According to The Diplomat article “The suspension of mobile internet services is not limited to Balochistan province. The services are also suspended in what was formerly known as the Federally Administered Tribal Areas or FATA, now part of Khyber Pakhthunkwa (KP) province In early June 2016, at Torkham, the border forces of Pakistan and Afghanistan clashed over the construction of a gate by the Pakistani authorities on the border. This clash led to the suspension of 3G/4G services in bordering towns and tribal areas. “Since then the former tribal areas have no internet services,” says Shahid Kazmi, a local from KP province. “The government had announced they would restore it, but they actually never did.””

HRCP: Govt of Pakistan must pass a bill against forced conversions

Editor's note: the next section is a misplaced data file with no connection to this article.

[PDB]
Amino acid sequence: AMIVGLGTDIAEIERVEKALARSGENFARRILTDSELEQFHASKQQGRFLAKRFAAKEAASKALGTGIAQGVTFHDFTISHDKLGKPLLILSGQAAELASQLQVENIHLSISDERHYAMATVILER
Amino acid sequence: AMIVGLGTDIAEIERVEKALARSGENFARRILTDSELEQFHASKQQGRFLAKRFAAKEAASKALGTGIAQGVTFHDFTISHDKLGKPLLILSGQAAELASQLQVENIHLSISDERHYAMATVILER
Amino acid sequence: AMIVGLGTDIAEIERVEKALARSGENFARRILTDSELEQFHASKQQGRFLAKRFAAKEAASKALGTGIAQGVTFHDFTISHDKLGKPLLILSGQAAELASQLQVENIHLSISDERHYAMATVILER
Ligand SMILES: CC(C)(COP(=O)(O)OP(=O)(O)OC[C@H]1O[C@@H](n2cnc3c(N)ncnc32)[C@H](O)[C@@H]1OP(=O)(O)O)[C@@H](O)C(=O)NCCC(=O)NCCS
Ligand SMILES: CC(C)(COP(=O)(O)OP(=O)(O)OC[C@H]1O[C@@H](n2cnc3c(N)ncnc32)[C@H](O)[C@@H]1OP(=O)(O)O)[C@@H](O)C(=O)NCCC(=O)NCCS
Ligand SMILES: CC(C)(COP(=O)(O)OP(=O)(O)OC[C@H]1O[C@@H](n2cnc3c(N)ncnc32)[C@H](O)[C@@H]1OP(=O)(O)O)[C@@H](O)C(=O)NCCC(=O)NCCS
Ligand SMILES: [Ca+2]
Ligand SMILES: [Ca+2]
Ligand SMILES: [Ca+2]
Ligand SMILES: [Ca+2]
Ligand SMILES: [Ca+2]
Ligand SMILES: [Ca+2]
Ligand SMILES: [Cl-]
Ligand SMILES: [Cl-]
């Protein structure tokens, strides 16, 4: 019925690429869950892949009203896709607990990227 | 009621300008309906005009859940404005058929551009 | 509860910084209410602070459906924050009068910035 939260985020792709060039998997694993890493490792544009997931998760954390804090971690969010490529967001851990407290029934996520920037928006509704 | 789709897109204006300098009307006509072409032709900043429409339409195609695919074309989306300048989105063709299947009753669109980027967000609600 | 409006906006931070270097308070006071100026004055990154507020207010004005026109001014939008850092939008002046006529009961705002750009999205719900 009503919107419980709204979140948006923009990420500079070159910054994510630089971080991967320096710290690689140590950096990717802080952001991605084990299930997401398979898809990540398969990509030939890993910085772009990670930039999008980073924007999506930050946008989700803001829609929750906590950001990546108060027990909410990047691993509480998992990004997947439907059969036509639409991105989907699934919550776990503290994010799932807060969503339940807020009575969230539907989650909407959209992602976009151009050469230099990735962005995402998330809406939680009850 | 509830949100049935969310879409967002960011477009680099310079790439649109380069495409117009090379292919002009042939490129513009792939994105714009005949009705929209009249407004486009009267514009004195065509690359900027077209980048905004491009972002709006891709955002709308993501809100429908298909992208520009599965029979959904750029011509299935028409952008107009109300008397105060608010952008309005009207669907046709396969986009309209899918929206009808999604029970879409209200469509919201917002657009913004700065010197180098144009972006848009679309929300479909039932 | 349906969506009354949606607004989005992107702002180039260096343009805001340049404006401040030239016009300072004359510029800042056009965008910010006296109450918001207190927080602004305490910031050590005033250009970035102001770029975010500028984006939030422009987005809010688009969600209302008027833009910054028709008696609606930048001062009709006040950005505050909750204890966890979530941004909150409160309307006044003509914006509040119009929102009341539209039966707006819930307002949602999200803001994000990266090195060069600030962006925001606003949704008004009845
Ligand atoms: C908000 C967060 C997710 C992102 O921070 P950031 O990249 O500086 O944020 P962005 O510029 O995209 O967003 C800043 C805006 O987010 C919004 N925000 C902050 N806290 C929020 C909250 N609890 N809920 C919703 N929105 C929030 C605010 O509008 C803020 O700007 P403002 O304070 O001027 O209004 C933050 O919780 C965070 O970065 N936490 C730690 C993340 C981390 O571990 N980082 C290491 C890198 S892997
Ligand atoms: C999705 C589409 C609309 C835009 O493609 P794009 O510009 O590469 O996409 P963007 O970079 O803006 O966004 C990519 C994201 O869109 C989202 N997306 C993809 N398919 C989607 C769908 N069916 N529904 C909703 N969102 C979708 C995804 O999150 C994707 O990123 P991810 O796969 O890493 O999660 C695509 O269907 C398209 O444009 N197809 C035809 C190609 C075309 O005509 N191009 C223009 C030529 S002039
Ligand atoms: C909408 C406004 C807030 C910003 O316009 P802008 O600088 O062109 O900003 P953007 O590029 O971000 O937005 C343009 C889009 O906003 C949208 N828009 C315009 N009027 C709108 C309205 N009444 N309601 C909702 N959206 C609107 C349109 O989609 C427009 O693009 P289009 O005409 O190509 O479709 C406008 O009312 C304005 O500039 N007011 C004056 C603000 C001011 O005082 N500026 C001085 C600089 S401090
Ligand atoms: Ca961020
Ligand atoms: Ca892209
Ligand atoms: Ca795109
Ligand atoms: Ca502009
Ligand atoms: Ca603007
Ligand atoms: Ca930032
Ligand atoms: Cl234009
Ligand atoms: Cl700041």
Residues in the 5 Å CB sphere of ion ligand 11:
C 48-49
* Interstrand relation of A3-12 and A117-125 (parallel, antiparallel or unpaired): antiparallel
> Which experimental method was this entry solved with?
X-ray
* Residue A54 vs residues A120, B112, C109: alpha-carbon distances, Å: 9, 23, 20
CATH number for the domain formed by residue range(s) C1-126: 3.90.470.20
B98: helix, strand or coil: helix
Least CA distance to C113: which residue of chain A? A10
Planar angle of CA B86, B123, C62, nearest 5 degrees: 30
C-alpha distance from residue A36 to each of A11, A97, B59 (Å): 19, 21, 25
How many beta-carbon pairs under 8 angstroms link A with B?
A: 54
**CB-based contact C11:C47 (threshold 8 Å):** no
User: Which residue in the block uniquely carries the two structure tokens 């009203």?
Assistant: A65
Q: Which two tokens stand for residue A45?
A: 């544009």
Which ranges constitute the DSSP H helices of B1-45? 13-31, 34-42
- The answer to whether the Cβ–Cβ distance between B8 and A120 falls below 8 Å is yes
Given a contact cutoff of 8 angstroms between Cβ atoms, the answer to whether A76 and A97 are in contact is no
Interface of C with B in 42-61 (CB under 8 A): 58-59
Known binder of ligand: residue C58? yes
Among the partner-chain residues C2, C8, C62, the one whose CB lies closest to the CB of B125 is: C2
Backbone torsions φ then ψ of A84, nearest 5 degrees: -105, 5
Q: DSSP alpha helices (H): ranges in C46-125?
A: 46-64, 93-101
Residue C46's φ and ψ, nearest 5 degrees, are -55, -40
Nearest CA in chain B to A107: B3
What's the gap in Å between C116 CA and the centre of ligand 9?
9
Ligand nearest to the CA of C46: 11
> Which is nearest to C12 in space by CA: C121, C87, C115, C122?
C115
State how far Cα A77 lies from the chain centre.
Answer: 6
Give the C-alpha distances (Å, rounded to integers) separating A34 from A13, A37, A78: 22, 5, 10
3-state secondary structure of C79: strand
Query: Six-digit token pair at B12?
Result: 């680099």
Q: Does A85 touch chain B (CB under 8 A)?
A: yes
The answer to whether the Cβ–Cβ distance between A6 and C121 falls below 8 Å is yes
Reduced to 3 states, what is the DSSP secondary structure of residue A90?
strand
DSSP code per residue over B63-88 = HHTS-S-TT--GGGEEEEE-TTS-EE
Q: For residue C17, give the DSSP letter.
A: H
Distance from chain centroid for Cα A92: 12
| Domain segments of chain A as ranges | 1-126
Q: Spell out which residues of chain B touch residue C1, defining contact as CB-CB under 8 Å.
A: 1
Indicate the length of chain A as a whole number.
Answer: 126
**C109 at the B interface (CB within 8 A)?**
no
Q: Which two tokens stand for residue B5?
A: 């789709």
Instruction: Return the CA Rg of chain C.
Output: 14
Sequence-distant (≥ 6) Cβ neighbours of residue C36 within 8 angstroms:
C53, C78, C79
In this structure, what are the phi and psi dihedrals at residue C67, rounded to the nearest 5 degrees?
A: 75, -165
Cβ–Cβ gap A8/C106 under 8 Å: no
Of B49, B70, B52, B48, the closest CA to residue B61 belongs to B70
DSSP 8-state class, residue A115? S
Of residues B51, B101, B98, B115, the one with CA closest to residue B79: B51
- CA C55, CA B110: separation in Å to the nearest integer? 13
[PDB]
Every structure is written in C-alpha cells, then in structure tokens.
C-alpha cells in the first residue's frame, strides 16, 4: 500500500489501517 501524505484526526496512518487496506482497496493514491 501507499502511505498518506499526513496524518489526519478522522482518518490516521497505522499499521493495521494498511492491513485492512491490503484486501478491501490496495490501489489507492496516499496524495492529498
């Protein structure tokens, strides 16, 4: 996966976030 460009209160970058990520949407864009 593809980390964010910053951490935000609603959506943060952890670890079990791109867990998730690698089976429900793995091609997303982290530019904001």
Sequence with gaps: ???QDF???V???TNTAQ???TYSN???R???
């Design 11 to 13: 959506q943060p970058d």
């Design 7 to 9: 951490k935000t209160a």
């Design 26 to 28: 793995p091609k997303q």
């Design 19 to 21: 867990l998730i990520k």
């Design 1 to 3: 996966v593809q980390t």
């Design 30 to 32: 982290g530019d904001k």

Pakistan has always ranked high in the ranks of countries where minorities face religious persecution and threats. In the last few days two minor Hindu girls in Ghotki were abducted and forcibly converted to Islam and a Christian married mother of three was also abducted, raped and forcibly converted.

The Human Rights Commission of Pakistan (HRCP) has called on the Sindh Assembly to “take swift, serious measures to resurrect and pass the bill criminalising forced conversions. It is imperative this bill be passed and steps taken to implement it. At present, forced conversions are too easily – and too often – disguised as voluntary conversions, leaving minor girls especially vulnerable. The ugly reality of forced conversions is that they are not seen as a crime, much less as a problem that should concern ‘mainstream’ (Muslim) Pakistan. The two young girls reportedly abducted in Ghotki are a case in point: that their families were unable to lodge an FIR is shocking. This should be the first line of defence in all such cases.”